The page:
advantage which merits its inclusion, it is a whole boot drive
encryption program. Sadly there are no modern open source boot drive
encryption programs presently available.

TrueCrypt is a new, free and open source OTF program of great promise.
Although very new, it offers several advantages over DriveCrypt and
BestCrypt - a/ it is free and b/ it is open source. But it also has
another big advantage: it does not display any file header info
to help a snooper identify the files purpose. It can also encrypt a
whole partition or drive and again not display any info to help an
attacker. It is available as version 1.0 and still has a few bugs
to be sorted. But it offers the promise of being an excellent
program once these little niggles have been sorted. At present its
progress seems under a cloud due to a legal dispute which hopefully
will soon be sorted.

BestCrypt is Win95/98/NT/2000/XP and Linux compatible. But again
the source code is only released for the algorithms, not the Windows

If the sighting of the source code is important to you, I suggest
using PGP version 8.0.3 and TrueCrypt.

Note: PGP although excellent to ensure your Email privacy, does
nothing for anonymity. The difference is crucial and hopefully is
expanded on within this FAQ.

3. What is the difference between these encryption Programs?

PGP uses a system of encryption called public key cryptography. Two
different keys are used. One key is secret and the other is made

Anybody sending you mail simply encrypts their message to you with
your public key. They can get this key either directly from you or
from a public key server. It is analogous to someone sending you a
box and a self locking padlock for you to send them secret papers,
when only they have the key to open the box.

The public key is obviously not secret - in fact it should be spread
far and wide so that anybody can find it if they wish to send you
encrypted Email. The easiest way to ensure this is by submitting it
to a public key server.

The only way to decrypt this incoming message is with your secret
key. It is impossible to decrypt using the same key as was used to
encrypt the message, your public key. Thus it is called asymmetrical
encryption. It is a one way system of encryption, requiring the
corresponding secret key to decrypt. PGP is simplicity itself to
install and use. It even offers to send your newly generated public
key to the key server.

For your normal hard drive encryption, you will need a symmetrical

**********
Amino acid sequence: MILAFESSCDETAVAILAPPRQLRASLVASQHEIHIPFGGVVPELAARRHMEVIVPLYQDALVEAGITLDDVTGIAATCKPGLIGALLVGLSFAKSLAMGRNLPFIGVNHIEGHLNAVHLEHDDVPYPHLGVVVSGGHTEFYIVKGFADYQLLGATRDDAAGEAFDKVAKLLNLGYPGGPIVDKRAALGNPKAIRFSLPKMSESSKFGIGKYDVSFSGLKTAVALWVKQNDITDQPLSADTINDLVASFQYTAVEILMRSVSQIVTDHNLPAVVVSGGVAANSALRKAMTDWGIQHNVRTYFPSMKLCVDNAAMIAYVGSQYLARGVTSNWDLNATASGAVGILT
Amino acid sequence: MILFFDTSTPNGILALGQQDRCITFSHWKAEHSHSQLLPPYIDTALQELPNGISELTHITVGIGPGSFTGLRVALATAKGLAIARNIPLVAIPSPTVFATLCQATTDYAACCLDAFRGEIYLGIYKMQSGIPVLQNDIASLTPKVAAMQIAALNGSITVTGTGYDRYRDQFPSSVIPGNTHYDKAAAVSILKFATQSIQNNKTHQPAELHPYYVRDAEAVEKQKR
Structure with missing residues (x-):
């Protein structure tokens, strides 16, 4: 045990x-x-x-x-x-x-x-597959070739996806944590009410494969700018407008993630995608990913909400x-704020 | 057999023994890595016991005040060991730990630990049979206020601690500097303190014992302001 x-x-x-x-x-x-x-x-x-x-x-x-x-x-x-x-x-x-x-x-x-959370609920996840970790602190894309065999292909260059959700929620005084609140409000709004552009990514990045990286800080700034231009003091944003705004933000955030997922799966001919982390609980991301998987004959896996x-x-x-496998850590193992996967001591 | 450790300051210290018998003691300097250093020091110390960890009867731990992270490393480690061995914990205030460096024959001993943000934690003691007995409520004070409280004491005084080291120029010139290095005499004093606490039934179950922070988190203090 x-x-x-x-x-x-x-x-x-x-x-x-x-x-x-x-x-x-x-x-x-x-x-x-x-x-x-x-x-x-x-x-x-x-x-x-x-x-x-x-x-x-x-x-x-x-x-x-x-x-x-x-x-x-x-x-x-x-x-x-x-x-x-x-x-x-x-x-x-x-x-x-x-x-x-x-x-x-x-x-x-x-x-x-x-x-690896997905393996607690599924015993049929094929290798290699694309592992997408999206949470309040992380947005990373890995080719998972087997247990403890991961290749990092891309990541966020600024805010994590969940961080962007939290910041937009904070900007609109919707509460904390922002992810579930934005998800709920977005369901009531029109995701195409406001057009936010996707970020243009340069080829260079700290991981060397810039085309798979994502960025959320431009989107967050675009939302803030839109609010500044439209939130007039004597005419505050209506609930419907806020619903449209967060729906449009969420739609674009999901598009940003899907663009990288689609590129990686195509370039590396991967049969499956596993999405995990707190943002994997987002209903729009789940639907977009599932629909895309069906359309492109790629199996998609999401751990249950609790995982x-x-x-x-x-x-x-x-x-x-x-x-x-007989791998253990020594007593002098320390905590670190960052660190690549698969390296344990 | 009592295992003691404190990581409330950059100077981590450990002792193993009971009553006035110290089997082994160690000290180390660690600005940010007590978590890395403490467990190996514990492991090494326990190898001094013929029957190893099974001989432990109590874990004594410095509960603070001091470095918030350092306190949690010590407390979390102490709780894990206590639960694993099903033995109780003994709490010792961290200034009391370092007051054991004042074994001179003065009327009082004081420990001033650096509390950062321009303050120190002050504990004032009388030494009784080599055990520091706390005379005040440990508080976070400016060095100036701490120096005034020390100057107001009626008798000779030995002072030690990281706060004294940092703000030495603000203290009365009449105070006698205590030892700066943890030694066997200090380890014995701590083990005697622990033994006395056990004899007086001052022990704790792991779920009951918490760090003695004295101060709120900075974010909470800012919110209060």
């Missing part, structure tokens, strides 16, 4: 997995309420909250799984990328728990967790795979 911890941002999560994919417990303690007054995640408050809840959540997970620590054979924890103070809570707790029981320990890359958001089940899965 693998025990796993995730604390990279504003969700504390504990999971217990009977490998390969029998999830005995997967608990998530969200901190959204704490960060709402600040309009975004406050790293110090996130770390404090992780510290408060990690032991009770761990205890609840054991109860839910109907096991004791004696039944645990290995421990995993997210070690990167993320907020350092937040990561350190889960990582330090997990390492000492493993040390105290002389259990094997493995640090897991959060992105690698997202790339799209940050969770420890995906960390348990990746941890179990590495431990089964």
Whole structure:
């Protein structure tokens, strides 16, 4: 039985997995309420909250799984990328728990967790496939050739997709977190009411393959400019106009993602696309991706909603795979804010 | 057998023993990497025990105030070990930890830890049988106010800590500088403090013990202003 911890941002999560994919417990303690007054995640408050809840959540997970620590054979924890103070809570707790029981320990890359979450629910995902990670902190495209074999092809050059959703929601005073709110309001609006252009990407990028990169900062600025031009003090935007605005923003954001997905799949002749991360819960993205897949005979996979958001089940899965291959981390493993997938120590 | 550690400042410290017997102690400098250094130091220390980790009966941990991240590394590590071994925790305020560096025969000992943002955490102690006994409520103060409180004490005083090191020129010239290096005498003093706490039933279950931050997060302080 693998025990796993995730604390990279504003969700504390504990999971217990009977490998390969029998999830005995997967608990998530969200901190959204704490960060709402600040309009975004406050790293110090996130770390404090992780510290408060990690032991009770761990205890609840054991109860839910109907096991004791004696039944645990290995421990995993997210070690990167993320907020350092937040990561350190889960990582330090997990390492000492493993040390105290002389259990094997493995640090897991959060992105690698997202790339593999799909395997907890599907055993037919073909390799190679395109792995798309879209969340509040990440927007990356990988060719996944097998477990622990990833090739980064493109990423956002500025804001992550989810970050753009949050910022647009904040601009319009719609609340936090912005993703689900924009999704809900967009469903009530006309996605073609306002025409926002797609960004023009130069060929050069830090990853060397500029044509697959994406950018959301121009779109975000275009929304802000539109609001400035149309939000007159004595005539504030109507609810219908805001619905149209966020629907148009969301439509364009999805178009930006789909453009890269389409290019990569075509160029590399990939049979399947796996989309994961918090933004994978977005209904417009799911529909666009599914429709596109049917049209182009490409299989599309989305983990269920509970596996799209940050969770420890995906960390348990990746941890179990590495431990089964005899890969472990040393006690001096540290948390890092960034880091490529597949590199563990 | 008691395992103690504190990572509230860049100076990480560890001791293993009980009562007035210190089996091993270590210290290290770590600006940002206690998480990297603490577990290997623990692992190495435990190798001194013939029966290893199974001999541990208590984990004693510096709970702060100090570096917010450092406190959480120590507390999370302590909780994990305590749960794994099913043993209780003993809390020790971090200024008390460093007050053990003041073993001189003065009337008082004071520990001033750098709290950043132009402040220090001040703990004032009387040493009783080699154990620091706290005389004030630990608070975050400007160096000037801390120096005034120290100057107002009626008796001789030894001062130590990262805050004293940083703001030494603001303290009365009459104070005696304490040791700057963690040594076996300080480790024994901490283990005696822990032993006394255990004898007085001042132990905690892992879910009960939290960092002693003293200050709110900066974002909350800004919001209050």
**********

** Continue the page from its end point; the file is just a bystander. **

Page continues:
type of encryption program. This means the same key is used for both
encryption and decryption. DCPP and BestCrypt are of this type and
especially good because they are "On-The-Fly" (OTF) programs. This
means that the program will only decrypt on an as needed basis into
RAM memory. More about this later in the FAQ.

One question often asked by newbies is whether the passphrase is
stored somewhere within the encrypted file. No. The passphrase is
passed through a hash, such as MD5. This is a one-way encryption. It
is the hash output that is stored within the encrypted container. The
program will compare this hash with the hash it produces from your
passphrase that you type in to mount (open) the container. If they
are identical, the program will use your passphrase to decrypt the
key that the program generated to encrypt the disk or container.
Only then will the disk or container be decipherable. Hashing is a
one way action only; it is impossible to derive the key from the hash
output. The hashing process is simply a clever way of checking that
the correct passphrase has been input.

4. I have Windows, am I safe?

Definitely NOT.

In previous versions I have suggested work-arounds to help minimize
the inherent security weaknesses within the Windows operating system.

I have now concluded this is a sheer waste of time. If security is
important to you, encrypt your whole drive.

A program I recommend to test this out for yourself is WinHex. It
reads your drive and shows both the hexadecimal and the text
equivalent of each sector. It makes fascinating reading. You will
see snippets of long deleted or the ends of overwritten files,
perhaps from the Windows swapfile. Hints of text that will ensure
any snooper could accurately deduce your computer habits. In fact
the program is so successful at this, it is also sold as a forensic
tool for disk analysis.

WinHex is available here: